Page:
2.50
Hdl Handle:
http://hdl.handle.net/10755/182962
Category:
Abstract
Type:
Presentation
Title:
Foley Catheter Management and Care: Using the Evidence and Research to Change Practice
Author(s):
Ninni, Sherry
Author Details:
Sherry (Sharon) Ninni, RN, BSN, CCRN, Morristown Memorial Hospital, Morristown, New Jersey, USA, email: sherry.ninni@atlantichealth.org
Abstract:
Poster Presentation: Patient safety by reducing hospital-acquired infections is of primary importance in the goals of patient care outcomes. Urinary tract infections (UTIs) are the most prevalent hospital-acquired infection and can lead to an increase in morbidity, mortality, and costs. Foley catheter use is associated with a greater risk of acquiring a hospital induced UTI. This evidence-based nursing research initiative has led to a decrease in UTIs and improved patient outcomes by decreasing Foley catheter device days in an intensive care unit (ICU). A multidisciplinary approach with staff involvement was utilized to gain support and buy-in for change. Criteria for appropriate foley catheter use was developed using best practice research and multidisciplinary input. The implementation of educational in-services, a criteria-based Foley catheter checklist, and a decision-making algorithm led to a statistically significant reduction in device days. The checklist acted as a trigger and if the patient did not meet criteria for the Foley catheter the nurse would initiate a recommendation to the physician for catheter removal. This change in clinical practice resulted in a 33% reduction in UTIs one year post-intervention. Continued monitoring of a monthly random sample has shown that this improvement has been sustained over time. A hospital-wide Foley catheter initiative is now underway to spread this innovation and evaluate current hospital policy and practices regarding the care and management of Foley catheters and move to a more evidence-based approach to care. References: 1. Brosnahan J, Jull A, Tracy C. (with Cochrane Incontinence Group). Types of urethral catheters for management of short-term voiding problems in hospitalized adults. Cochrane Database Syst Rev. 2005; Volume 1: [Data File]. Sidney, Australia. 2. Cravens D., & Zweig S. Urinary catheter management. American Family Physician 2000; 61 (2): 369 - 376. 3. Evidence Based Practice Information Sheets for Health Professionals. Management of short term indwelling urethral catheters to prevent urinary tract infections. Best Practice 2000; 4 (1): ISSN 1329 -1874, 1-6. 4. Goolsarran, V. & Katz T. Do not go with the flow, remember indwelling catheters. JAGS 2002; 50: 1739 - 1740. 5. Gray M. What nursing interventions reduce the risk of symptomatic urinary tract infection in the patient with an indwelling catheter? J Wound Ostomy Continence Nurs. 2004; 31(1):3-13. 6. Johnson, J. Nosocomial and catheter- associated urinary tract infections. Association for Practitioners for Infection Control; Clinical Syndromes 2002; 92: 1-10. 7. Leithauser, D. Urinary tract infections. Association for Professionals in Infection Control and Epidemiology, Inc. 2004; 25: 1-15. 8. Rosser C., Bare R. & Meredith J. Urinary tract infections in the critically ill patient with urinary catheter. American Journal of Surgery,1999; 177(4), 287-90. 9. Sulzbach-Hoke L. & Schanne L. Using a portable ultrasound bladder scanner in the cardiac care unit. Critical Care Nurse 1999; 19 (6): 35. 10. Tambyah, P. & Maki, D. Catheter associated urinary tract infection is rarely symptomatic. Arch Intern Med 2000; 160: 678 - 682. 11. Thorton G., Andriole, V. Bacteriuria during indwelling catheter drainage: II. Effect of a closed sterile drainage system. JAMA 1970; 214: 339-342. 12. Tissot, E., Limat, S., & Cornette, C. Risk factors for catheter associated bacteriuria in a medical intensive care unit. Clinical Microbiology & Infectious Diseases 2001; 20(4), 260-262. 13. Wong, E. & Hooton, T. Guideline for prevention of catheter associated urinary tract infections. 1981; Center for Disease Control Guide.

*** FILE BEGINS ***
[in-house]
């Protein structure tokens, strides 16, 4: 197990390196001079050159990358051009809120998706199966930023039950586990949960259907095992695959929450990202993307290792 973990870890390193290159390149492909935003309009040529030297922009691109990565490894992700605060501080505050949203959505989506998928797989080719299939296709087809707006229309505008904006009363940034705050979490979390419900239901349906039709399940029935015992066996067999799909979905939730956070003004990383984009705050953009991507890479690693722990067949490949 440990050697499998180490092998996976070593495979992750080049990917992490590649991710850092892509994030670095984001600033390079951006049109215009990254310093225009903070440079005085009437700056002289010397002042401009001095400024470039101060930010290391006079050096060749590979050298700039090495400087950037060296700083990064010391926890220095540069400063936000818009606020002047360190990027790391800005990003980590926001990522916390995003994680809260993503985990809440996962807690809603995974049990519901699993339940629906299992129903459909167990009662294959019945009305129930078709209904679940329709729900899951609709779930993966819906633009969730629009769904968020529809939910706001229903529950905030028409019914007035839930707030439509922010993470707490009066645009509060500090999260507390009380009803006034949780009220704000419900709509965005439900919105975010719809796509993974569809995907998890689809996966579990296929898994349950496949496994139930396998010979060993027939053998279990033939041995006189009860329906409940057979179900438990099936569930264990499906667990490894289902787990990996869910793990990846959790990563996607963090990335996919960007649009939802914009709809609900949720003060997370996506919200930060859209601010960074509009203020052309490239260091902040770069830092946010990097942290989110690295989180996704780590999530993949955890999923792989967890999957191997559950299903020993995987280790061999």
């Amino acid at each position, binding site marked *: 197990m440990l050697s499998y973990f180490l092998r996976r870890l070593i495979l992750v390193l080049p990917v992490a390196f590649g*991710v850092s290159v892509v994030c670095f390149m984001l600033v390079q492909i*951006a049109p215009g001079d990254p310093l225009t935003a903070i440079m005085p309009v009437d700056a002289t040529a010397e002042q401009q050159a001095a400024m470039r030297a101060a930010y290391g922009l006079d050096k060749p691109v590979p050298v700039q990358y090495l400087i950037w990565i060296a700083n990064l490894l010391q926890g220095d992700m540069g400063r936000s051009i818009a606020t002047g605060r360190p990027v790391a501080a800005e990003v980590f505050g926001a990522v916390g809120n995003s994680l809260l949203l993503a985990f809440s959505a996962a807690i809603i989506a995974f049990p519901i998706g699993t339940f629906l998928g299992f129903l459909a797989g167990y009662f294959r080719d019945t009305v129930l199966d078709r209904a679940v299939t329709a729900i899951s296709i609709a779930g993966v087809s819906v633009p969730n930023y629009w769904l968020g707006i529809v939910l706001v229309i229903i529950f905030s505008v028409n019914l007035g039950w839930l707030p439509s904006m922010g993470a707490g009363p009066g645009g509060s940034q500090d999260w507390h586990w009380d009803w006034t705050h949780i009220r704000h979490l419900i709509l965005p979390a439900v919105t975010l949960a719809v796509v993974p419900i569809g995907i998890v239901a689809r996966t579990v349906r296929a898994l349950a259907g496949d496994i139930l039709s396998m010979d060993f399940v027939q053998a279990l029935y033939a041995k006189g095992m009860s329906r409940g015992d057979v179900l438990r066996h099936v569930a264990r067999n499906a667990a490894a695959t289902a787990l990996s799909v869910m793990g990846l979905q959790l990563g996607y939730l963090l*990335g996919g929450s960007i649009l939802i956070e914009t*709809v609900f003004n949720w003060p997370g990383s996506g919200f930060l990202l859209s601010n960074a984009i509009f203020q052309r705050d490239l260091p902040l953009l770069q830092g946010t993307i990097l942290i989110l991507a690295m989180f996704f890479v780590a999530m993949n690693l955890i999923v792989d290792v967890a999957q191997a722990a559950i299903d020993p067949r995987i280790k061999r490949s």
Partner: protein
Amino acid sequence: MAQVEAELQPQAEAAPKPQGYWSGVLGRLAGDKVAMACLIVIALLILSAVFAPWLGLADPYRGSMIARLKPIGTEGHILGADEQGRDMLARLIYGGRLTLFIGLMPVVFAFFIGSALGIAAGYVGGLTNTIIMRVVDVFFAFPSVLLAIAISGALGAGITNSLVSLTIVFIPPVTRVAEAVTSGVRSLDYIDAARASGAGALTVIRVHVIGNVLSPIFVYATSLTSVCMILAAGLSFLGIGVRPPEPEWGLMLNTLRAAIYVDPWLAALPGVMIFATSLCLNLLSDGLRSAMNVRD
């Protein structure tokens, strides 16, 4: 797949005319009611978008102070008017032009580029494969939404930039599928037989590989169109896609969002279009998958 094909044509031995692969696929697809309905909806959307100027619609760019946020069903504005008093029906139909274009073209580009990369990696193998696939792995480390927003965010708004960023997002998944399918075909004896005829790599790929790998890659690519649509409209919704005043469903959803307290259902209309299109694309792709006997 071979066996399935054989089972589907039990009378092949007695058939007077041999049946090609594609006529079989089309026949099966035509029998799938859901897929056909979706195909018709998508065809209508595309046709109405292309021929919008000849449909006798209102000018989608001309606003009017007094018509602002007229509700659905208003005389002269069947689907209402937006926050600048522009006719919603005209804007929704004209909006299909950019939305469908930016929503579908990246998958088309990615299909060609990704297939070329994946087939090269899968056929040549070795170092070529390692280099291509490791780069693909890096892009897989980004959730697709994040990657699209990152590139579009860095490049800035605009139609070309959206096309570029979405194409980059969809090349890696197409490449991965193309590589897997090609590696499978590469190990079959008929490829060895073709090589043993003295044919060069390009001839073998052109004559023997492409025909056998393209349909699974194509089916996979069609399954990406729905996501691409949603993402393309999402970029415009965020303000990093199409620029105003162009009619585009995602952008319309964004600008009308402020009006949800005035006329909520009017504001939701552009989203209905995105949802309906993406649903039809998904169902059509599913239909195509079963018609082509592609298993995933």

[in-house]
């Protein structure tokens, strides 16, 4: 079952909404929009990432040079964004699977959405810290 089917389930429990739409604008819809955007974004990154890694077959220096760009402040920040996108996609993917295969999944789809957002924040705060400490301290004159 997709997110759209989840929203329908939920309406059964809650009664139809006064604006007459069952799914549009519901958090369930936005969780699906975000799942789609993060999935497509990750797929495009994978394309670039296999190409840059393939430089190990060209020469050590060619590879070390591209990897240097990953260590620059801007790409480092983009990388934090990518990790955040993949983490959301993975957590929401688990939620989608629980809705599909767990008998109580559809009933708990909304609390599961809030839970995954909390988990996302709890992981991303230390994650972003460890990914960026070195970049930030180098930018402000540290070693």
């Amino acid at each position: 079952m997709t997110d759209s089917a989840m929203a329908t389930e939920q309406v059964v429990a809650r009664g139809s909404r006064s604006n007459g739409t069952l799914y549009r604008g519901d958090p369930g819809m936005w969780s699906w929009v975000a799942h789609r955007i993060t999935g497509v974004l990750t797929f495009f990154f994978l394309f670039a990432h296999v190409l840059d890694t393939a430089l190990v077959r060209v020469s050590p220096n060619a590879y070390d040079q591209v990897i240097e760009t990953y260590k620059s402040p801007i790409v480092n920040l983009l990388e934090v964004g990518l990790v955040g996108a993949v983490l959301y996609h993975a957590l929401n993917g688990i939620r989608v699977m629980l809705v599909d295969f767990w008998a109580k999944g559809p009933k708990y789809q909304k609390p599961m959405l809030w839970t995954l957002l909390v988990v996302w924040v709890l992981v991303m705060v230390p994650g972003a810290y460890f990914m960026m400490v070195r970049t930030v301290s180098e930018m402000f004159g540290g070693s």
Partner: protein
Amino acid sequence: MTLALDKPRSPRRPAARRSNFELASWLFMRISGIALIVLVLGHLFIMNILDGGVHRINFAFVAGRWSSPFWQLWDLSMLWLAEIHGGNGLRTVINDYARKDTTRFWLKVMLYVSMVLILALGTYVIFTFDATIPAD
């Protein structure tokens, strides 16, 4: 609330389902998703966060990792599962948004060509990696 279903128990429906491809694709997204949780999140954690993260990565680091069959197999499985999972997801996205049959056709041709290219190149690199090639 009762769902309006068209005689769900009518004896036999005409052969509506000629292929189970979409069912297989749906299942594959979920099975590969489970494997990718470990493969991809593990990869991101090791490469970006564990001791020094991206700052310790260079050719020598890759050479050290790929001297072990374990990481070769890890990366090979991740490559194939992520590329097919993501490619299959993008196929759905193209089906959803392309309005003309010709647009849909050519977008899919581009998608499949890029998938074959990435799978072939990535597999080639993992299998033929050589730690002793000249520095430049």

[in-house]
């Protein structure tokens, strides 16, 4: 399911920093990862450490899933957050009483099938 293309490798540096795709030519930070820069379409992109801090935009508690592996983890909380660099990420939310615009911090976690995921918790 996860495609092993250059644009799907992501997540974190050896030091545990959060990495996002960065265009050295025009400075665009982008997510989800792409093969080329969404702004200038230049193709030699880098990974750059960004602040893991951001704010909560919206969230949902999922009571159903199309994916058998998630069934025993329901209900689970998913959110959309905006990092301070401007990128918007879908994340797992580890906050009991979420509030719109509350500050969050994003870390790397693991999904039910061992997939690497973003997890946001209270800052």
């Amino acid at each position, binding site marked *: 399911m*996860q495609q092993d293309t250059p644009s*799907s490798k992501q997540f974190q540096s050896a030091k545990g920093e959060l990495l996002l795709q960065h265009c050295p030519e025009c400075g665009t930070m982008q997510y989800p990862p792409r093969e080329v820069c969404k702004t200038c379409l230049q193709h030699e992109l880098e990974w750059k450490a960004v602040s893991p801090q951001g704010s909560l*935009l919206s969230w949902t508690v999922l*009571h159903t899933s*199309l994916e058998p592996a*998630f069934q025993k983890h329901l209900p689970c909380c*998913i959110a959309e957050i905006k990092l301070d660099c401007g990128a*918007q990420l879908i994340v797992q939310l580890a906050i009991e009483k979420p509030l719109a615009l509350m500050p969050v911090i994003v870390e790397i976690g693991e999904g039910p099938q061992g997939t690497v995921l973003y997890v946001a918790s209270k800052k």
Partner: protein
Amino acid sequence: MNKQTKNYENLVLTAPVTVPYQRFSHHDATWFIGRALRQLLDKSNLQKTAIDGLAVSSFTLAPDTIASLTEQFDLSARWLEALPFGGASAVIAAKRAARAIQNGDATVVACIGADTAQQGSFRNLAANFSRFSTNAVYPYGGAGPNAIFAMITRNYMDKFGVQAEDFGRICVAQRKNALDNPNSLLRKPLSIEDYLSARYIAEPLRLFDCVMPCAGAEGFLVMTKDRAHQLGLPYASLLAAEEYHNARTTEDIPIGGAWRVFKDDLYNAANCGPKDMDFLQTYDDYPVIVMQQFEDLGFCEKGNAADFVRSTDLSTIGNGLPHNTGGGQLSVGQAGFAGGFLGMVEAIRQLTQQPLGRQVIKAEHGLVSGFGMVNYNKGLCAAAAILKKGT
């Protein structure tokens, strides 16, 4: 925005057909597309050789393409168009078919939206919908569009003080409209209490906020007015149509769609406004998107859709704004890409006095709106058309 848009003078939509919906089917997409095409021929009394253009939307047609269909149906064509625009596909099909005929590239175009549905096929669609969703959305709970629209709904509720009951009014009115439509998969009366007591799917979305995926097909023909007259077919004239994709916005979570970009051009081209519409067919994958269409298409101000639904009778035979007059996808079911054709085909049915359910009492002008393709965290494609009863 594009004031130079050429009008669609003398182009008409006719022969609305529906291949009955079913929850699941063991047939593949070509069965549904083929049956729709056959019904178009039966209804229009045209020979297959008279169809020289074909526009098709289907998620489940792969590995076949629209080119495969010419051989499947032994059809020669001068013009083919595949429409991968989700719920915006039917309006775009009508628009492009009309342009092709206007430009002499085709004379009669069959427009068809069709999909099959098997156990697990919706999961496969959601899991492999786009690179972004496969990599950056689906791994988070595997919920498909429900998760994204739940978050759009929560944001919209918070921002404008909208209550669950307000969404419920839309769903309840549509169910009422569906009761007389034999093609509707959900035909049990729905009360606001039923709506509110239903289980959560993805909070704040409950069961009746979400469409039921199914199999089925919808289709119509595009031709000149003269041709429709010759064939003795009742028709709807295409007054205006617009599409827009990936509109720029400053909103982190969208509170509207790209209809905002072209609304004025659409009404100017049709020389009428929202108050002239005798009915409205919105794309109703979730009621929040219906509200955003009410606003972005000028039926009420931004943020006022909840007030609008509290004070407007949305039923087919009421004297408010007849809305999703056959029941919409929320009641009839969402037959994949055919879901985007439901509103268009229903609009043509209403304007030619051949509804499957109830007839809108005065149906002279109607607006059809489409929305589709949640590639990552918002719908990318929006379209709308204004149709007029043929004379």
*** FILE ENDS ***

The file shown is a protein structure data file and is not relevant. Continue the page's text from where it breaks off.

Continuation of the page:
Repository Posting Date:
28-Oct-2011
Date of Publication:
28-Oct-2011
Conference Date:
2006
Conference Name:
ANCC National Magnet Conference
Conference Host:
American Nurses Credentialing Center
Conference Location:
Denver, Colorado, USA
Description:
10th American Nurses Credentialing Center (ANCC) National Magnet Conference, held 4-6 October, 2006 at the Colorado Convention Center in Denver, Colorado, USA.
Note:
This is an abstract-only submission. If the author has submitted a full-text item based on this abstract, you may find it by browsing the Virginia Henderson Global Nursing e-Repository by author. If author contact information is available in this abstract, please feel free to contact him or her with your queries regarding this submission. Alternatively, please contact the conference host, journal, or publisher (according to the circumstance) for further details regarding this item. If a citation is listed in this record, the item has been published and is available via open-access avenues or a journal/database subscription. Contact your library for assistance in obtaining the as-published article.

Full metadata record

DC FieldValue Language
dc.type.categoryAbstracten_US
dc.typePresentationen_GB
dc.titleFoley Catheter Management and Care: Using the Evidence and Research to Change Practiceen_GB